Cited 39 times
Rheumatology Medical terminology Autoimmune diseases Plate tectonics Mucinoses 

  Cabrera v. Cordis Corp. - 9th Circuit

Decided: 1/29/1998
District Court Decision: Excluded
Appellate Court Decision: Affirmed

In Daubert, the Supreme Court held that the test for admitting scientific expert testimony under Frye v. United States, 293 F. 1013, 1014 (D.C.Cir.1923), which required that a scientific technique be "generally accepted" as reliable in the scientific community, was superseded by the adoption of the Federal Rules of Evidence. ... The district court excluded the testimony of Cabrera's expert witnesses under Daubert v. Merrell Dow Pharmaceuticals, Inc., 509 U.S. 579, 113 S.Ct. 2786, 125 L.Ed.2d 469 (1993), and granted summary judgment to Cordis.

Cited 28 times
Autoimmune diseases Implants (medicine) Silicones Allergology Medical specialties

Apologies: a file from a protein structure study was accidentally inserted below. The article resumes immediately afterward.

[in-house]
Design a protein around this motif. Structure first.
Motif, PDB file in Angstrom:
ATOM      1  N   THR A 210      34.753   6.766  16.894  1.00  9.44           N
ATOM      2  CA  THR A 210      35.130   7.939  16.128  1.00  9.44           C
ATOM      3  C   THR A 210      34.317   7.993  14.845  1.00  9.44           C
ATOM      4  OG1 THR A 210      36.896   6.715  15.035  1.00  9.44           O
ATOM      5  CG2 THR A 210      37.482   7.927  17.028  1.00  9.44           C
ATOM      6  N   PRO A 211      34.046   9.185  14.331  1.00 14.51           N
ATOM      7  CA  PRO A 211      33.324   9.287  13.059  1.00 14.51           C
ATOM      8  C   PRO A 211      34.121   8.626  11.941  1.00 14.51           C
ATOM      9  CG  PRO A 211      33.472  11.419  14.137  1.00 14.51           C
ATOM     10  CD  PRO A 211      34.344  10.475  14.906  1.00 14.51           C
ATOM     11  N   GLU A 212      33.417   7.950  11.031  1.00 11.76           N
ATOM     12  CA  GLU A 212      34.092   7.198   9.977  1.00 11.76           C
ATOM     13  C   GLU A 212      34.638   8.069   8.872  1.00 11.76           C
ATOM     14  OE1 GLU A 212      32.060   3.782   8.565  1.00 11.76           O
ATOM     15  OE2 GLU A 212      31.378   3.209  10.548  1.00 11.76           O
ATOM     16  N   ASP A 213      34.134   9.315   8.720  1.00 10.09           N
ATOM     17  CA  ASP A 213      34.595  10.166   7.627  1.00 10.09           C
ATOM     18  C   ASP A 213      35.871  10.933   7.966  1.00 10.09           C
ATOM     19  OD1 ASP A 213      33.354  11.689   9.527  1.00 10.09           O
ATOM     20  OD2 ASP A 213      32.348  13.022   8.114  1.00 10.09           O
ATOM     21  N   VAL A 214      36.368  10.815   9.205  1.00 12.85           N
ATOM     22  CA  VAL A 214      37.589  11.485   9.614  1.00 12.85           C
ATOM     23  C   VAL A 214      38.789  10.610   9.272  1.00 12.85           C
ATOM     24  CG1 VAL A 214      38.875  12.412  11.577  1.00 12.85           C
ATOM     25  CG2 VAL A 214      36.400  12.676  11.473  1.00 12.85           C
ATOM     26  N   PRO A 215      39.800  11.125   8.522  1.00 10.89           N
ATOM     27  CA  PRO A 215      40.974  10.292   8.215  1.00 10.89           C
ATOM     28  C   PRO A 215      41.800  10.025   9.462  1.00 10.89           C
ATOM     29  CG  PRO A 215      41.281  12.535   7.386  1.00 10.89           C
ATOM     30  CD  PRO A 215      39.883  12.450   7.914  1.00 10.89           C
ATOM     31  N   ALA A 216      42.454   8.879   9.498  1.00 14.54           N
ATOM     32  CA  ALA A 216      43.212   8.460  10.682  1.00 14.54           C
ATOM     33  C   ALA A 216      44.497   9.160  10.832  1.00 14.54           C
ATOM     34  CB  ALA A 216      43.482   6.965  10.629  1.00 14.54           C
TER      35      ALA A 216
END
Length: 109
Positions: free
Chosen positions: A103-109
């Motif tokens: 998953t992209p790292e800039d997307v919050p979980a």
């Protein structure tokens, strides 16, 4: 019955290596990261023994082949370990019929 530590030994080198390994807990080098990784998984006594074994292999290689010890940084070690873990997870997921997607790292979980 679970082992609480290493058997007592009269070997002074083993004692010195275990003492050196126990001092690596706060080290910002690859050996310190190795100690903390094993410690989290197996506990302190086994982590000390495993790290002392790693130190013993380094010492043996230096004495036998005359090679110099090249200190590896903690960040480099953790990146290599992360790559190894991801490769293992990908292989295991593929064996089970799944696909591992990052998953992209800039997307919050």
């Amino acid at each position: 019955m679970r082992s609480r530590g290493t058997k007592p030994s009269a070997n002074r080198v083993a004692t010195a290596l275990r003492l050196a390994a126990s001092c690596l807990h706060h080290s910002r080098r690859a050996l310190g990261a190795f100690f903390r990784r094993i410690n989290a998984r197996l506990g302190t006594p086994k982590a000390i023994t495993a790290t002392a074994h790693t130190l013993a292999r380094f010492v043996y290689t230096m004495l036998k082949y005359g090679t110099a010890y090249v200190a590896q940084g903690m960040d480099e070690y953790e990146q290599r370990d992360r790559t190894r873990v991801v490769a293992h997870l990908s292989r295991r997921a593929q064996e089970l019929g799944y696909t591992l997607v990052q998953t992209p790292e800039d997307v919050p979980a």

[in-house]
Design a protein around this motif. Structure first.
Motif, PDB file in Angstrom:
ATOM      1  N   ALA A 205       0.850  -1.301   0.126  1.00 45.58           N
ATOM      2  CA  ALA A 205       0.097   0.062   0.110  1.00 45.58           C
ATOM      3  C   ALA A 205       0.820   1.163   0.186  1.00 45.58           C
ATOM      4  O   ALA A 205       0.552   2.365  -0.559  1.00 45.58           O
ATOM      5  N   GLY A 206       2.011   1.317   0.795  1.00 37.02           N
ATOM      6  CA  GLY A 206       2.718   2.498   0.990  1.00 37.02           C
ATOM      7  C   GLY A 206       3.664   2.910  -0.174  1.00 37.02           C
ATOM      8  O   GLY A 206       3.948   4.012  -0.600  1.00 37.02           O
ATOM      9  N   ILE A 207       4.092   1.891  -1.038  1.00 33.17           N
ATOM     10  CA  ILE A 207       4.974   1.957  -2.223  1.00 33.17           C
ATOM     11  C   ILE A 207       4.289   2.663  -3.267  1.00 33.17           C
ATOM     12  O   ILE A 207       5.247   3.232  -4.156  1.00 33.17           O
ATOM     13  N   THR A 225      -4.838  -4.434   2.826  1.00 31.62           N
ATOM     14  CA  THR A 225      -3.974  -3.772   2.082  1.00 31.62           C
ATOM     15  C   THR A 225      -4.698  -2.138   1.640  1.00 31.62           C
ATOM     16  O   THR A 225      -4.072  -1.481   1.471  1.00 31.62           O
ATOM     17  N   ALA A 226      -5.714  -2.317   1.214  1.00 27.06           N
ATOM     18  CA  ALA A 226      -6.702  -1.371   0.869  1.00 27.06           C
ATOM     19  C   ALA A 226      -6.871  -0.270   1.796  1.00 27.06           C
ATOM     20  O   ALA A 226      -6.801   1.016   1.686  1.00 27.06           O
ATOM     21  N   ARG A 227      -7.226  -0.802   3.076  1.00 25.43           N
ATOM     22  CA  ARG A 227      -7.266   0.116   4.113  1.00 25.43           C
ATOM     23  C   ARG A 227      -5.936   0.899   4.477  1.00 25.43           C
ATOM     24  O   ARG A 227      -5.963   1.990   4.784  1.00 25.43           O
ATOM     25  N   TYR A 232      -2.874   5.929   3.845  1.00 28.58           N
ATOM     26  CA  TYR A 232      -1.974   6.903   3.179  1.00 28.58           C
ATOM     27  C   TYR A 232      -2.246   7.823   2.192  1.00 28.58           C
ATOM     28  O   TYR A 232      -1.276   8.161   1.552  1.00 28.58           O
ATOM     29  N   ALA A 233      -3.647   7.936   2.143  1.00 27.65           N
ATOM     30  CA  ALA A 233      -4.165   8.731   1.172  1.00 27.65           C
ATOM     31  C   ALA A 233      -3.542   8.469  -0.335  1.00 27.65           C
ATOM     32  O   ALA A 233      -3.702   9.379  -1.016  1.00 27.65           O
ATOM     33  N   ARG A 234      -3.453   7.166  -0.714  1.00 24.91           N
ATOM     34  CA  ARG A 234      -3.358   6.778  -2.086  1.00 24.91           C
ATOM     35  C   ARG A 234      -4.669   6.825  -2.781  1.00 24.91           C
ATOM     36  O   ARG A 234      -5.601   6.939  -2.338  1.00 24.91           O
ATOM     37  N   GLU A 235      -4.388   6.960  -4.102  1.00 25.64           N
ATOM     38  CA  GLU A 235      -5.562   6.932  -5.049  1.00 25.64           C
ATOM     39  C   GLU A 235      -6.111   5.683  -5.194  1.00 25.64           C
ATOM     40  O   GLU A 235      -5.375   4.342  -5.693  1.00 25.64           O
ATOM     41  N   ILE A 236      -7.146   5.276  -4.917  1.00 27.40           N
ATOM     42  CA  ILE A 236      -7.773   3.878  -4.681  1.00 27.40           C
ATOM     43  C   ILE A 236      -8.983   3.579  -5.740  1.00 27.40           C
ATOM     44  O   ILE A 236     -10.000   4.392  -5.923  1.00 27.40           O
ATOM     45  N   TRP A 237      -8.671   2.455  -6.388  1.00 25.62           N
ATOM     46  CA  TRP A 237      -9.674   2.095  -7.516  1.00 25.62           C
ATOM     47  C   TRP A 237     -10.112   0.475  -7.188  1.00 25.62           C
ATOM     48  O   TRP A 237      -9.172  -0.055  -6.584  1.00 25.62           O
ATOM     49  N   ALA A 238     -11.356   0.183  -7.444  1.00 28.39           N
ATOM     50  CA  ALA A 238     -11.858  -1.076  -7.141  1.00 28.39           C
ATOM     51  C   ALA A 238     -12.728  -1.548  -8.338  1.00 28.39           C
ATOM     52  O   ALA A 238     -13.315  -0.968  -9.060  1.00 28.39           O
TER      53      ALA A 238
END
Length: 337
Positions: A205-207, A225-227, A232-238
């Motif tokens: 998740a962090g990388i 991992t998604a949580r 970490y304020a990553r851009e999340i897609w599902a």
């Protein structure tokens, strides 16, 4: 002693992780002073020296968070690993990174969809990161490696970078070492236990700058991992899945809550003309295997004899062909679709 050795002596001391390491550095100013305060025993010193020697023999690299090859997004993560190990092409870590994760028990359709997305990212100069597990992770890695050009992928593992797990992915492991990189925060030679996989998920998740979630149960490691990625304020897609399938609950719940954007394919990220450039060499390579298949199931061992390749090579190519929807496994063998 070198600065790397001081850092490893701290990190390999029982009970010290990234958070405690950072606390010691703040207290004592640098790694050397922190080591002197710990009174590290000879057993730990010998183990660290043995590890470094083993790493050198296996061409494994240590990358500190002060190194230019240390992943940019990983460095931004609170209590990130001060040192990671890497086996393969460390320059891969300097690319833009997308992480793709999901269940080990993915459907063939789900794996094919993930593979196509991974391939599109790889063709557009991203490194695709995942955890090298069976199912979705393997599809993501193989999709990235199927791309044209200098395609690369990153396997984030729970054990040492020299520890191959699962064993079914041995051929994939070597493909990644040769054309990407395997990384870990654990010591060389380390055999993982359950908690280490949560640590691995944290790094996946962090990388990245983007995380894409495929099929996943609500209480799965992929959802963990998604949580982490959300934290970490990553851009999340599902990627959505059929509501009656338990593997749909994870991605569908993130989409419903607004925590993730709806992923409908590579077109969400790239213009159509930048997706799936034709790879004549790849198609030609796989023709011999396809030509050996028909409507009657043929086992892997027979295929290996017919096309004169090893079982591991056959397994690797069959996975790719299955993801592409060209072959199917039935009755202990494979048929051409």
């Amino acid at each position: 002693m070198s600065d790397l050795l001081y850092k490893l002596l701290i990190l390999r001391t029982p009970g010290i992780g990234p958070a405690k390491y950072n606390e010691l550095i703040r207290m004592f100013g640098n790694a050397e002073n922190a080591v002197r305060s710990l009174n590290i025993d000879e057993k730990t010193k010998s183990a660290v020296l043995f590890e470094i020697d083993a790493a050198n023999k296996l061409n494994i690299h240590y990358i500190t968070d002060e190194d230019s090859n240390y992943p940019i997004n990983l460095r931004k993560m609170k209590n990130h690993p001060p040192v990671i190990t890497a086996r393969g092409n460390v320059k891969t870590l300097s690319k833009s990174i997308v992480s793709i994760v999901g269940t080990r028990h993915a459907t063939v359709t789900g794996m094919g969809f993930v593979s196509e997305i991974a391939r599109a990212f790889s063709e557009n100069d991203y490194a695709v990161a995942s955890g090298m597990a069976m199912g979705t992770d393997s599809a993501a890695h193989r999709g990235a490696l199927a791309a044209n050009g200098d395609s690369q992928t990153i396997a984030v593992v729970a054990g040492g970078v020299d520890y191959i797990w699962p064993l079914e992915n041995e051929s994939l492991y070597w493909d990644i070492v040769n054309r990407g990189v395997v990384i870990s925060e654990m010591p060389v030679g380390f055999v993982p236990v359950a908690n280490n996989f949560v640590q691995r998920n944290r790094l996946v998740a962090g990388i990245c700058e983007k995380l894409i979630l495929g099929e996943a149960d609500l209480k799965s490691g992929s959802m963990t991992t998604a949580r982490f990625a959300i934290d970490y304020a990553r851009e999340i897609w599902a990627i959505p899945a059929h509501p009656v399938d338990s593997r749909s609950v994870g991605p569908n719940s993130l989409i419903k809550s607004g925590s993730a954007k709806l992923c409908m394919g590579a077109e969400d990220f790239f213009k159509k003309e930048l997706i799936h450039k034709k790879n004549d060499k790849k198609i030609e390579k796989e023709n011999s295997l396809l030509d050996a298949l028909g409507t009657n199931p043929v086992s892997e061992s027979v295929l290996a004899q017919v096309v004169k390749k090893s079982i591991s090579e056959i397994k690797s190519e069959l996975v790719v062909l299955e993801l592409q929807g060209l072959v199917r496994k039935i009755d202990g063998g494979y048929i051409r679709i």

Macsenti v. Becker - 10th Circuit

Decided: 1/22/2001
District Court Decision: Admitted
Appellate Court Decision: Affirmed

Defendant's first argument is that the district court committed error by admitting expert evidence on the contested issue of causation without first having made threshold determinations that the testimony was reliable and would be helpful to the jurors, an argument based on Daubert v. Merrell Dow Pharmaceuticals, Inc., 509 U.S. 579, 113 S.Ct. 2786, 125 L.Ed.2d 469 (1993). ... It is true that in Hoult v. Hoult, 57 F.3d 1, 4 (1st Cir.1995), the First Circuit observed that "[w]e think Daubert does instruct district courts to conduct a preliminary assessment of the reliability of expert testimony, even in the absence of an objection.

Cited 27 times
Psychoactive drugs Bullying Stress Respiratory physiology Unsolved problems in neuroscience 

  Toole v. Baxter Healthcare Corp. - 11th Circuit

Decided: 12/14/2000